Wales, not Ireland, plan for Japan with glint in their eye

In Wales, the party will continue for some time.

When the dust finally settles on the country’s 2019 Grand Slam glory and the hangovers subside, Warren Gatland’s side will realise they will now enter unchartered waters.

After blowing Ireland away at a raucous Principality Stadium to clinch a first Six Nations clean sweep since 2012, the reality is Wales must now be considered genuine World Cup contenders.

Gatland’s side have always liked to tick along under the radar and despite the huge success the New Zealander has delivered over more than a decade, there they have remained on a consistent basis. Not now.

Just look at Wales’ current record. They have won their last 14 matches. They are Six Nations Grand Slam champions, Triple Crown winners, and the best team in the northern hemisphere.

Victory over Ireland also saw Wales jump above Joe Schmidt’s side and into second in World Rugby’s rankings.

Gatland is now the only head coach to have won three Six Nations Grand Slams.

“We’re well aware we’ve just put a big target on our backs before the World Cup,” said iconic Wales captain Alun Wyn Jones, surely the man who will win Six Nations player of the tournament.

Wales have undoubted quality in their ranks and the only team they need to fear right now is New Zealand.

Former Ireland supremo Gatland boasts a fine balance of youth and experience at his disposal and his players will now go to the World Cup in Japan with their confidence levels through the roof. It could yet prove a potent mix.

“It’s nice to have a bit of expectation on you. There is a lot of rugby still to be played. It’s going to be an exciting time for those involved, but it’s one step at a time,” said Wales centre Hadleigh Parkes.

“Hopefully it will be a good year for the Welsh people.”

Gatland revelled in his latest glory and rightly so. Against Ireland his team were simply too good. The paucity of Schmidt’s side must be acknowledged, but it must also not distract from the Welsh display.

Their players have had a fine tournament and Gareth Anscombe came of age on the big stage, but no one sums up Wales’ never-say-die attitude better than Jones.

Like Gatland he now has three Grand Slams of his own.

“Al has to be one of the greats. That’s pretty simple,” said Hadleigh Parkes, who scored Wales’ only try against Ireland in under two minutes from a sublime Anscombe chip.

“He’s the leader, the one you look to, and the one who steps up week in, week out. Every game he puts in a performance.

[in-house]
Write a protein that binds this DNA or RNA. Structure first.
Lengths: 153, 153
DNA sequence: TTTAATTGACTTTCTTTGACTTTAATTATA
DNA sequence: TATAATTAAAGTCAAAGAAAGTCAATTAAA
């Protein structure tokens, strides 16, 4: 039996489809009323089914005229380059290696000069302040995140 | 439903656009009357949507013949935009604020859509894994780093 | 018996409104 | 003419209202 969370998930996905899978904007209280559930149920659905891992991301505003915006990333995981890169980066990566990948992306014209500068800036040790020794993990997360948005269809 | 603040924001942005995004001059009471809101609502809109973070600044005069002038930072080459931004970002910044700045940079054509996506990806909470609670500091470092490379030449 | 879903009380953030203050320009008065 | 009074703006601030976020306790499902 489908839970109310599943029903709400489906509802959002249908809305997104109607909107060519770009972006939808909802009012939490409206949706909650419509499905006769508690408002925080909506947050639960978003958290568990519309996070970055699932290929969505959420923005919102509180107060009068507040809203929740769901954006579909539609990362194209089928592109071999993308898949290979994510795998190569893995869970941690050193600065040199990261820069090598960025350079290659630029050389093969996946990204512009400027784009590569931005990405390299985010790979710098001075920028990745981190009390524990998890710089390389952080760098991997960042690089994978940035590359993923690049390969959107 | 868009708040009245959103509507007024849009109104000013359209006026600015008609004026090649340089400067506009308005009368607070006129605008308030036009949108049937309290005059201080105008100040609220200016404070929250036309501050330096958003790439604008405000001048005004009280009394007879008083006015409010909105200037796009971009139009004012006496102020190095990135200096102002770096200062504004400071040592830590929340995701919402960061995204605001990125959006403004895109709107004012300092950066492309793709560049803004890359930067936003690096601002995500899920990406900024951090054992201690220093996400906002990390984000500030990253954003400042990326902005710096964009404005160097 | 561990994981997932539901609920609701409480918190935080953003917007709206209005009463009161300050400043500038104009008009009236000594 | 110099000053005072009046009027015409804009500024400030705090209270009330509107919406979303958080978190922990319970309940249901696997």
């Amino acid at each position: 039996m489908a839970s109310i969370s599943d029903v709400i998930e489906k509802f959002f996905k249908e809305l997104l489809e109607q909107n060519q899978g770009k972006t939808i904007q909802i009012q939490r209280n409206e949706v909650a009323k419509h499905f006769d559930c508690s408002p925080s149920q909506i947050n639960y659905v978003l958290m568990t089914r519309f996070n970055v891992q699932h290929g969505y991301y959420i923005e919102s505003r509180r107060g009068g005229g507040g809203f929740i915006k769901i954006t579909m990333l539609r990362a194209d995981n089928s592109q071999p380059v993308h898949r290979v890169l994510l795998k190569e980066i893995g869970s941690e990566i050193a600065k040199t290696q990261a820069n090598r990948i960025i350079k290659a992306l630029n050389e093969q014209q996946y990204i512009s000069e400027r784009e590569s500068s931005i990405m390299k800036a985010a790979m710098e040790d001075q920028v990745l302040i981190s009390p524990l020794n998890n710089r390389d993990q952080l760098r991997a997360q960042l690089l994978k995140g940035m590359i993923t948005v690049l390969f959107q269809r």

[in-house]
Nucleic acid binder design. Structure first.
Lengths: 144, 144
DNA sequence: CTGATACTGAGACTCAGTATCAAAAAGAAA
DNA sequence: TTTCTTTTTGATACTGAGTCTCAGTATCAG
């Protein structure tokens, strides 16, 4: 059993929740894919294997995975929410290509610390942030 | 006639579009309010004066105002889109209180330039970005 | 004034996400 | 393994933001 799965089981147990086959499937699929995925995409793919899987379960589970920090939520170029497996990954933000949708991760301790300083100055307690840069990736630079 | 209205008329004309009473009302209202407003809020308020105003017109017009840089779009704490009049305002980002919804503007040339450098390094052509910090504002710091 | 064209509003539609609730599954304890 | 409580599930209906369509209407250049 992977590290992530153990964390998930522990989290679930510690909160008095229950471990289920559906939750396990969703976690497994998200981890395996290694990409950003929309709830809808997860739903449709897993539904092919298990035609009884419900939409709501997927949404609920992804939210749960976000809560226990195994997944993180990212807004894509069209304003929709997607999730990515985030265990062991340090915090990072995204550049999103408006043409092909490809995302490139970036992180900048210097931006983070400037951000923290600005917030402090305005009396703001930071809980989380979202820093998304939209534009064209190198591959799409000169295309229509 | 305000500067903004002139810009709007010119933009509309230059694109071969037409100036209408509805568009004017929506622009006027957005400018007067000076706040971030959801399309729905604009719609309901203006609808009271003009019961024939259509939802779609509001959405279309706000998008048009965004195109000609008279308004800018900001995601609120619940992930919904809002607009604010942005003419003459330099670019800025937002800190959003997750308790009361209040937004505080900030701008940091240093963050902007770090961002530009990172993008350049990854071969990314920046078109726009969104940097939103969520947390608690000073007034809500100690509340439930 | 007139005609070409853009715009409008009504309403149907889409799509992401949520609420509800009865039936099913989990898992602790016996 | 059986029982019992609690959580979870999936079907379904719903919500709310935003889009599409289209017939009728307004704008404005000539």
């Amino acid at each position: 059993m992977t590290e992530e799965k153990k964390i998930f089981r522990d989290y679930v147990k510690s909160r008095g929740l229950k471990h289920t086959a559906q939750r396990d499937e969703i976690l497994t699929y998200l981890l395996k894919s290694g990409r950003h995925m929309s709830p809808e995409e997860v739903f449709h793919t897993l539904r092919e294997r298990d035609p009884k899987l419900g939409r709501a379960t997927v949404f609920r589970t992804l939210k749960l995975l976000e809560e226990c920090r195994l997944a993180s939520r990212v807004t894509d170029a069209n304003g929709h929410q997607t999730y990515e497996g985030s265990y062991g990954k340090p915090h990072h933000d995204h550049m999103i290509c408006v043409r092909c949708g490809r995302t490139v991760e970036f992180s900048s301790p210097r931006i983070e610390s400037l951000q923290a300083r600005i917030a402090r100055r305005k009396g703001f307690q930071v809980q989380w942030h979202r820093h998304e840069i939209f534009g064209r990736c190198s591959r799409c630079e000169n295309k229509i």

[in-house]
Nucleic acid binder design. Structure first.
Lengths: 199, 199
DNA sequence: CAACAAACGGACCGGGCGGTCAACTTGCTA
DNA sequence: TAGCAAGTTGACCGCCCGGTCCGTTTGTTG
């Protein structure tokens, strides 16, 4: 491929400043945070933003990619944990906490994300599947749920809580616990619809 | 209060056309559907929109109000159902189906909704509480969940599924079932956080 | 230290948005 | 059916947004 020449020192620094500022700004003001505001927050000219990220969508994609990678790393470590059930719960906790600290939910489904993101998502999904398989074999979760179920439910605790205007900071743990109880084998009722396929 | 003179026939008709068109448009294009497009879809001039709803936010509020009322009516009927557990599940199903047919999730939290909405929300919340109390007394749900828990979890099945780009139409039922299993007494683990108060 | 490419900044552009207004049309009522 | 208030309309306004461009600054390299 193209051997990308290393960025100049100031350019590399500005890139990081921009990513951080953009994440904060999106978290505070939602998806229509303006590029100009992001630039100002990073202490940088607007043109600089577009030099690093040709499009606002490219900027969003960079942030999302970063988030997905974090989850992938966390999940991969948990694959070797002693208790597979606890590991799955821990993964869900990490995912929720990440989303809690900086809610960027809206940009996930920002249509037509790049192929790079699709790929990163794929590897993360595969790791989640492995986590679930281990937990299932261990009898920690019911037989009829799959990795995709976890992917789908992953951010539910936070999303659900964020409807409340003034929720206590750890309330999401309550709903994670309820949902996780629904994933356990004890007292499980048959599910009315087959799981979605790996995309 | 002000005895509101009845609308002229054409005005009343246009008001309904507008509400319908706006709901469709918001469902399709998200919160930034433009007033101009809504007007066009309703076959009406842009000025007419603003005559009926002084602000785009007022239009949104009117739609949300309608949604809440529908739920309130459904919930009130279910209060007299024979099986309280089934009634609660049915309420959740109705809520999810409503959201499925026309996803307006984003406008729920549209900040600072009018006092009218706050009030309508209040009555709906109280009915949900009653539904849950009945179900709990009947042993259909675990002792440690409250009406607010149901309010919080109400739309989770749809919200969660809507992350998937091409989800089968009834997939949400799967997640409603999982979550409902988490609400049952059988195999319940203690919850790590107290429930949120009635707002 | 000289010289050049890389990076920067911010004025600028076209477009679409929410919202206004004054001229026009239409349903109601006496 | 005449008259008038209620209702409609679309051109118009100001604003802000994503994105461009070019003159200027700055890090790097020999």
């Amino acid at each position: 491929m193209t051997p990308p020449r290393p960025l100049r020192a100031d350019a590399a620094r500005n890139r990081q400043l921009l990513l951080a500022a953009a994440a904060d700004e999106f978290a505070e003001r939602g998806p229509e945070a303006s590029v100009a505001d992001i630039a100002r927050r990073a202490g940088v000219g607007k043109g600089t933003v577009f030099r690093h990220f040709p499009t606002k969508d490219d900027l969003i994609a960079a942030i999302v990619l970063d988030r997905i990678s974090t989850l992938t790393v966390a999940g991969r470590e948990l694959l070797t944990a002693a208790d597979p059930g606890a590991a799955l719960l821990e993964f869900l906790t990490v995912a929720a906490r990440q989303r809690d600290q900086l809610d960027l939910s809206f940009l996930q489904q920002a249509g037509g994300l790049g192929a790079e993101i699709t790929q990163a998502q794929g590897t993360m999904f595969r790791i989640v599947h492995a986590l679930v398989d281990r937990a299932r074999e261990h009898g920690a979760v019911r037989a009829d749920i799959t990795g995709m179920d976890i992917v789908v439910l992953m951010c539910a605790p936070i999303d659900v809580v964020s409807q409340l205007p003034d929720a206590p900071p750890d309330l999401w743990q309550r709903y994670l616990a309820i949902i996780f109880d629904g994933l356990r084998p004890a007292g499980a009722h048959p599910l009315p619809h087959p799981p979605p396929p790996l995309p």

“He is a very humble man as well, that must be said. What a leader, what a captain. What a bloke. I think he probably wishes he was 21 again — he is running around like he is 21 again!”

Jones was at the heart of a brutal Welsh forward effort which left Ireland stuck in reverse, especially at scrum time. Anscombe ended the game with 20 points via a conversion and six penalties.

It was rugby heaven for those of a Welsh persuasion as their team thrived in the wet conditions with the Principality Stadium roof open.

Ireland, on the other hand, wilted on the big stage.

Wales supporters danced in the rain barely able to believe what they were seeing.

“It was probably to Ireland’s detriment that they left the roof open because we kept building the score. As soon as you start to get the scoreboard ticking over it gets hard for the other side,” Parkes said.

Gareth kicked extremely well. The forward pack was outstanding with the way they kept defending the mauls and we got a few penalties in the scrums. They did outstandingly well.

Wales’ players celebrated their Grand Slam success with a huge night out in Cardiff and today they will be honoured for their achievements with a reception at the Welsh Assembly.

“I don’t think this makes any difference to the World Cup. This group of players will run through a brick wall for you,” Gatland added.

“If we win our pool we potentially don’t face the southern hemisphere sides on the way through. I’m excited for the World Cup because you get two or three months together and you can prepare like a club side. In our previous two World Cups we were one of the fittest teams and we’ll be in great shape for this one as well.”

Wales’ latest milestone is all the more remarkable given that it has come while political chaos off the field continues to engulf Welsh rugby. Gatland’s ability to motivate, brush the sideshow away, and galvanise his players to produce the goods is truly remarkable.

There is only one thing left for him to do and that is to win a World Cup. At 8-1 for glory in Japan, Wales look a good bet.

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